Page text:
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Arkansas state veterinarian John Nilz says the first case of high-path avian influenza this fall hit a poultry-dense part of the state.  “We are having regular meetings with our entire commercial industry,” he says.  “Our extension services are reaching out to the backyard flock folks to give everybody a heads up that it’s here and to tighten up on your biosecurity. Be mindful where you’re going, and don’t let outside people on your farms.”

He tells Brownfield avian influenza is highly contagious for poultry and waterfowl, and can be passed through fecal matter or through the air.  “It could be aerosolized if there’s a positive bird, too,” he says.  “And that could be just a wild bird that’s outside, it could be transmitted through the air, especially if they’re coughing.”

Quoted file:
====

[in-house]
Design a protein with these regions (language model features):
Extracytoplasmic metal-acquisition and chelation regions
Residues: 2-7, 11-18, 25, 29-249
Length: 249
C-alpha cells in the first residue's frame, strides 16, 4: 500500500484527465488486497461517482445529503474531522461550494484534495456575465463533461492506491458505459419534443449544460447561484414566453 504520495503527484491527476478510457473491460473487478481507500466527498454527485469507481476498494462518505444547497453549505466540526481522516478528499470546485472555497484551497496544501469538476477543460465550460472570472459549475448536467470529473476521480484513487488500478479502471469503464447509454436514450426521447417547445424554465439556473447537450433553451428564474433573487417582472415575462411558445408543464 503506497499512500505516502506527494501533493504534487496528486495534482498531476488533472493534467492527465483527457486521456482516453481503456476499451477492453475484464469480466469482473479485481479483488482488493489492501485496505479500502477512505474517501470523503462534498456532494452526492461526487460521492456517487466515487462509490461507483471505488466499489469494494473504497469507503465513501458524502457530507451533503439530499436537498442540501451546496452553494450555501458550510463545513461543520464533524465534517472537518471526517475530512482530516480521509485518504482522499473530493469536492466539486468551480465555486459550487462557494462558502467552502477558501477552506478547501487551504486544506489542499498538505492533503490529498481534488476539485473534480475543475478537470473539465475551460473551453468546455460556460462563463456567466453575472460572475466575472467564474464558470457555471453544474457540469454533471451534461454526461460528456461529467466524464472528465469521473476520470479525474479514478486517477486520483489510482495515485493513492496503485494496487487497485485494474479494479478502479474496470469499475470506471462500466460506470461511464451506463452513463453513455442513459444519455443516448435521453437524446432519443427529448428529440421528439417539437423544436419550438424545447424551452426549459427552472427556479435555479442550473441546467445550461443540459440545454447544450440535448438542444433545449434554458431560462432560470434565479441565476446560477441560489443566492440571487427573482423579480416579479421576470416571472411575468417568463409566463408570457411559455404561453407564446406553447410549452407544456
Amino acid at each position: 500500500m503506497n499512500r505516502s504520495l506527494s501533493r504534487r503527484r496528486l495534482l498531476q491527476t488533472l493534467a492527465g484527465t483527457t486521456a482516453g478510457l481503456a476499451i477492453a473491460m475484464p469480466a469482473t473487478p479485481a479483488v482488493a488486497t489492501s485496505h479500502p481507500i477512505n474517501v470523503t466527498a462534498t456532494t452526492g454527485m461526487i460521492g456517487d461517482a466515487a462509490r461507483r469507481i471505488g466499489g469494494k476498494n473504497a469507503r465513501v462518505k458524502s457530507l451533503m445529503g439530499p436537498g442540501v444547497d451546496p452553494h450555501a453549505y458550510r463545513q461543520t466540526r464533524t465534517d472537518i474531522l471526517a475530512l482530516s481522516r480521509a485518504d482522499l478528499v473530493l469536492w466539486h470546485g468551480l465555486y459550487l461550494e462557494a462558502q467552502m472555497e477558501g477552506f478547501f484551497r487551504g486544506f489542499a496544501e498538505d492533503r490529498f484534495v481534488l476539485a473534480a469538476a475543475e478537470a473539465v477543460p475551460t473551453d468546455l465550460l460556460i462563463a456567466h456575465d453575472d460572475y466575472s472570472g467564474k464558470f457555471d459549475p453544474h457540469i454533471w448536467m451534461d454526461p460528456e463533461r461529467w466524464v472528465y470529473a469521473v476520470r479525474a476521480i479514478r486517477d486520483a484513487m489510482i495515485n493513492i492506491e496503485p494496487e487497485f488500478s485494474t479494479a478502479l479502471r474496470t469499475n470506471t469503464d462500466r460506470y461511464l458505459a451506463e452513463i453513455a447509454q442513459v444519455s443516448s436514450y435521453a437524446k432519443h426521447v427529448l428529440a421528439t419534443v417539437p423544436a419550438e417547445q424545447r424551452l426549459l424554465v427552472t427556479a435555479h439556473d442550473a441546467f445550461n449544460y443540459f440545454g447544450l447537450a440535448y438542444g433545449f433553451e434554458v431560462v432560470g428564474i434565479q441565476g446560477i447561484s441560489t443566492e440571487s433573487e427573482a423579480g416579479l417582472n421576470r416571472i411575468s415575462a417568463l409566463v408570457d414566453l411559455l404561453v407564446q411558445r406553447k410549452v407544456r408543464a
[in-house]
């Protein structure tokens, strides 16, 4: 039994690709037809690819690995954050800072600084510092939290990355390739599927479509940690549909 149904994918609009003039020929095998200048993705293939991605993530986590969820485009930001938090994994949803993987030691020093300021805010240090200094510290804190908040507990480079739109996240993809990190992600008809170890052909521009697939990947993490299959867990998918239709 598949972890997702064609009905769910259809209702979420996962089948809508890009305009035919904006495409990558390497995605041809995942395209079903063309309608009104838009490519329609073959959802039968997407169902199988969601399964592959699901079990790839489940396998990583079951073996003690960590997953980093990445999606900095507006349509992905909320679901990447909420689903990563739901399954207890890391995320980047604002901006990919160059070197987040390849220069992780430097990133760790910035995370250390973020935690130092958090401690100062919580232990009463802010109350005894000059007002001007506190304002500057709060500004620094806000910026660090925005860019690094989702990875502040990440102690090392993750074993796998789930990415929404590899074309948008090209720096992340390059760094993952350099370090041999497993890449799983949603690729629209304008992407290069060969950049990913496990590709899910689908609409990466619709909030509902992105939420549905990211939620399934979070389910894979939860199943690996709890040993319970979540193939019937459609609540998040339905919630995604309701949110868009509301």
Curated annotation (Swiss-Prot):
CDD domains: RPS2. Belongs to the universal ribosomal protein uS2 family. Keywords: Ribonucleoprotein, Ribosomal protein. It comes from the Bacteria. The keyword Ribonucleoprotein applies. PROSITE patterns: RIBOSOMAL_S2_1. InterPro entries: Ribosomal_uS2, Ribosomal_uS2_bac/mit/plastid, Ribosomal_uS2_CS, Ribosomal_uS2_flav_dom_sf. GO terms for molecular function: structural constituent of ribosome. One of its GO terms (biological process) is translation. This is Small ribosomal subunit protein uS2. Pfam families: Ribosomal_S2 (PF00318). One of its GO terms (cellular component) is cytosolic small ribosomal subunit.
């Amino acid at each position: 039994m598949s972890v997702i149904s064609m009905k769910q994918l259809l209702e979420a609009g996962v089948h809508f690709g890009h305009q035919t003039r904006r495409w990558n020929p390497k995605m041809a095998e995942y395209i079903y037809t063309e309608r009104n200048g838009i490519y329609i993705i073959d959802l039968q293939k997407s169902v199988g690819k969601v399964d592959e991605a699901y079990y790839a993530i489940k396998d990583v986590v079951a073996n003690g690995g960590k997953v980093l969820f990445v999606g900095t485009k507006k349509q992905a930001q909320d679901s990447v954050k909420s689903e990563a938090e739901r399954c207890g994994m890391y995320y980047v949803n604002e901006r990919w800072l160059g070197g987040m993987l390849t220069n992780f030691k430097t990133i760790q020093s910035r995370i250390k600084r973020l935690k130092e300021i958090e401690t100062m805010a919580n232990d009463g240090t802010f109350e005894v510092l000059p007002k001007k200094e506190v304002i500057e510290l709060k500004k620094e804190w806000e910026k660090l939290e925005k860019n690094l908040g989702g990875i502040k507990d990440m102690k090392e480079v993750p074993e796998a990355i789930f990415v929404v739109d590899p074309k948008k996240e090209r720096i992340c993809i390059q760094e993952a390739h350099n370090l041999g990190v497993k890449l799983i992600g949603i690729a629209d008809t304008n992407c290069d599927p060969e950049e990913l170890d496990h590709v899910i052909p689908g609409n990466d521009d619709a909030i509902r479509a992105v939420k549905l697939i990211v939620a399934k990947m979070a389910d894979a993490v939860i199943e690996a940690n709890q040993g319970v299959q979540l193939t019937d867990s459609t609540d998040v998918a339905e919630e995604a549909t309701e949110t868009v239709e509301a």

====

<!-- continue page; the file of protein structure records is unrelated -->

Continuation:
The Arkansas Department of Agriculture has determined the affected area, which is approximately 25 miles surrounding a flock with a confirmed case of HPAI. Until further notice, it is prohibited to move birds within the affected area. The USDA’s Animal and Plant Health Inspection Service reports nearly 32,000 birds have been depopulated.

Nilz reminds the public there is no human health concern, and the virus does not affect poultry meat or egg products, which remain safe to eat. 

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